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Issue: Issue Winter 2010-2011

He Would Overcome - Remembering Architect Paul Williams


 Noted architect Paul Revere Williams (1894-1980) rose to prominence in Los Angeles when deed restrictions barred African Americans and Asians from living in many of the city's neighborhoods.  Today, Williams is recognized as one of our "starchitects" and homes attributed to him sell in the seven figures.


Photo courtesy of Karen Hudson

Orphaned at four, his foster mother recognized his talent for drawing. "Explore the city," he was advised and he carried sketchbooks and pencils to Sentuous Avenue Elementary where he was the only non-white student.

 
David H. Miller residence, 2601 Aberdeen Avenue, built 1926. The two-story English Tudor-style home near the Vermont Avenue entrance to Griffith Park is undergoing a major renovation.

On the path towards graduation from Polytechnic High, when he told his dream to a guidance counselor, "He stared at me with as much astonishment as he would have had I proposed a rocket flight to Mars," Williams remembered.  "Whoever heard of a Negro being an architect?" the man exclaimed. He set out to prove the man wrong. 

"USC was the school in the neighborhood," Williams' granddaughter Karen Hudson told the USC Trojan Family magazine, "and the school that accepted black faces."  In 1916 Williams entered a 3-year program in architectural engineering and graduated in 1919, supporting himself as an office boy in the landscape design firm which planned Beverly Hills and Los Feliz.  

   
L.E Blackburn residence, 4791 W. Cromwell Avvenue, built 1927. Officially Historic Cultural Monument #913, the Spanish Colonial Revival design exhibits its floor plan, spread over a hillside, in a clear acknowledgement of the "form follows function" principles of the new philosophy, modernism.

By the time Williams received an architectural license from the State of California in 1921, he was a member of the Los Angeles City Planning Commission where he could monitor developing subdivisions where buyers might be seeking an architect.  When he was accepted as a member of the American Institute of Architects two years later, he became the first African American to practice architecture. and was frequently called upon to speak and to advise.

 "If prejudice is ever to be overcome," Williams would tell his audience, "it must be through the efforts of individual Negroes to rise above the average cultural level of their kind."  Tenacity, charm, self-confidence, talent: the four traits served him well in dealing with the well-healed.  But it was his adherence to the gentlemanly maxim, "Discretion is the better part of valor" which won him a clientele of privacy seeking actors and industrialists, and kept his career moving full speed ahead for a half a century.  Hollywood, Hancock Park and Los Feliz contain a major concentration of Williams' designs, some of them grand and a few, genuinely modest.  The Assistance League headquarters came from his office late in his career, as did the Hollywood YMCA which was an early project. The broader Hollywood community contained such clients as Frank Sinatra, Desi Arnaz and Lucille Ball, Lon Chaney, ZaSu Pitts, Barbara Stanwyck, Tyrone Power, William "Bojangles" Robinson and Eddie "Rochester" Anderson.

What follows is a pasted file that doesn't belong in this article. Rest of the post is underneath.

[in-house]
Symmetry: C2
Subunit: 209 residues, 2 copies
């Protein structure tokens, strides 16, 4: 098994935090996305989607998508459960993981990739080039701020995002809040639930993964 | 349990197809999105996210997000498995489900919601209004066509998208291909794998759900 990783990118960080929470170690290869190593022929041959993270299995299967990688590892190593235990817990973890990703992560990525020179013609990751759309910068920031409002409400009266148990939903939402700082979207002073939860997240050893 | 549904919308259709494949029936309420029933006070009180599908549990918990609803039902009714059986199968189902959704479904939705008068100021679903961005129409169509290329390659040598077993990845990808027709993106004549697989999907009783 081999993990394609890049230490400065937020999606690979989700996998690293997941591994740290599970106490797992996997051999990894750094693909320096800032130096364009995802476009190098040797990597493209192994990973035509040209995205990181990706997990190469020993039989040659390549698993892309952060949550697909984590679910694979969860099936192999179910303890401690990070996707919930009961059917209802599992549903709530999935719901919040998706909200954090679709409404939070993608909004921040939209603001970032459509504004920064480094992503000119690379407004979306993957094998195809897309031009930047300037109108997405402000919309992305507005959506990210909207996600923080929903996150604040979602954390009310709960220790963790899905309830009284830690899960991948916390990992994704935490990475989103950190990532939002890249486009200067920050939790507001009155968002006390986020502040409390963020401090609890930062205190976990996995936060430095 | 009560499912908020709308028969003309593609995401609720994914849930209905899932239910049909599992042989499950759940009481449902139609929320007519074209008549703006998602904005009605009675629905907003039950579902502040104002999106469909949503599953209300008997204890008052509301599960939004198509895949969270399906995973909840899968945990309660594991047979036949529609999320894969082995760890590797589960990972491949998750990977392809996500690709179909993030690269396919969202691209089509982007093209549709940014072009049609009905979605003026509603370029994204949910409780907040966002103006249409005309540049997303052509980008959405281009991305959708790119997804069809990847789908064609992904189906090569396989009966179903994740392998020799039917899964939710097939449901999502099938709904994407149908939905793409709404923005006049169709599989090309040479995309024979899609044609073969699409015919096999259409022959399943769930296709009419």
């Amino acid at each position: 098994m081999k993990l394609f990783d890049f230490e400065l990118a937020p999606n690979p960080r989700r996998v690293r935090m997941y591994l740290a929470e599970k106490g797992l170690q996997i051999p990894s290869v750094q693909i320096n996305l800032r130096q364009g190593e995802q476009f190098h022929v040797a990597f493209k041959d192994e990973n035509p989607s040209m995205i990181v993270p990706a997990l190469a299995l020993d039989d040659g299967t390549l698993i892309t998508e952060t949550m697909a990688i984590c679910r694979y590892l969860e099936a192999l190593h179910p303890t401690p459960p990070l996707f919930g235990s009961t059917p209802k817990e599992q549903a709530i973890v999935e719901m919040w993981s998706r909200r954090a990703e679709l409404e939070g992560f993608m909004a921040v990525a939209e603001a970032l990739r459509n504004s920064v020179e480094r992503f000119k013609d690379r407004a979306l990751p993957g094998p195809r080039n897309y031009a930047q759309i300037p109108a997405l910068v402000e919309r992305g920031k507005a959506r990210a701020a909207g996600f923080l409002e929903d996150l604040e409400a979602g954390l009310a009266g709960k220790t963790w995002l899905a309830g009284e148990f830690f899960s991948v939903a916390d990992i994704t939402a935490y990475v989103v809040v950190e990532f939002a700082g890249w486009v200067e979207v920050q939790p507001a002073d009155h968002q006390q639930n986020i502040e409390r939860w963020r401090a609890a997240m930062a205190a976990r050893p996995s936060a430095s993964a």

Granddaughter Karen Hudson estimates that he was involved in 3,000 projects. In addition to his many residential projects, he is credited with the design of the LAX Theme Building.  After his death in 1980, Hudson embarked upon research to prepare his biography. Williams' own dream of writing his memoirs, which might have opened a window to his feelings, was stymied by failing eyesight in his senior years. Hudson herself was stymied by her grandfather's discretion.  What could she say about his impressions of people and places when he had left such a limited written record? 


Fortunately coverage of her project in the Los Angeles Times led 500 individuals to respond with their own Paul Williams accounts.  The unexpected deluge of letters revealed "his quiet, unspoken struggle against racism," Hudson wrote in her book, "Paul R. Williams, Architect: A Legacy of Style." He did not dwell upon "the challenges presented by his race, but for those who worked with him and engaged his services, the memories of unpleasant experiences were extremely vivid."

To "keep his distance," he taught himself to draw upside-down so he could sit across a desk from prospective clients.  Before his reputation was established, and he was a known leader in his field, visitors came to his office with no preconceived notions.  "The moment they met me and discovered they were dealing with a Negro, I could see many of them freeze," he wrote in a 1937 essay for American Magazine. "Their interest in discussing plans waned instantly and their one remaining concern was to discover a convenient exit without hurting my feelings."

 
Detail of Hollywood YMCA

There were a number of important turning points for African Americans, such as the Supreme Court decision in 1954, Brown v. Board of Education, but no decision was more important to blacks in Los Angeles than the court's 1948 overturning of restrictive covenants.  Angelinos like Paul Williams and his wife Della were free to buy a home, if they could afford one, wherever they chose.  Singer Nat King Cole's decision to buy in Hancock Park was met with resistance however, and many years passed before African Americans would feel comfortable integrating the city's costliest neighborhoods.

The Hollywood Hills, Los Feliz, Hancock Park, Beverly Hills and Bel Air are known for lovely Tudor, Meditteranean, Traditional and Hollywood Regency homes.  Paul Williams left more than elegant buildings as his legacy, he overcame many obstacles and his story continues to inspire generations. DH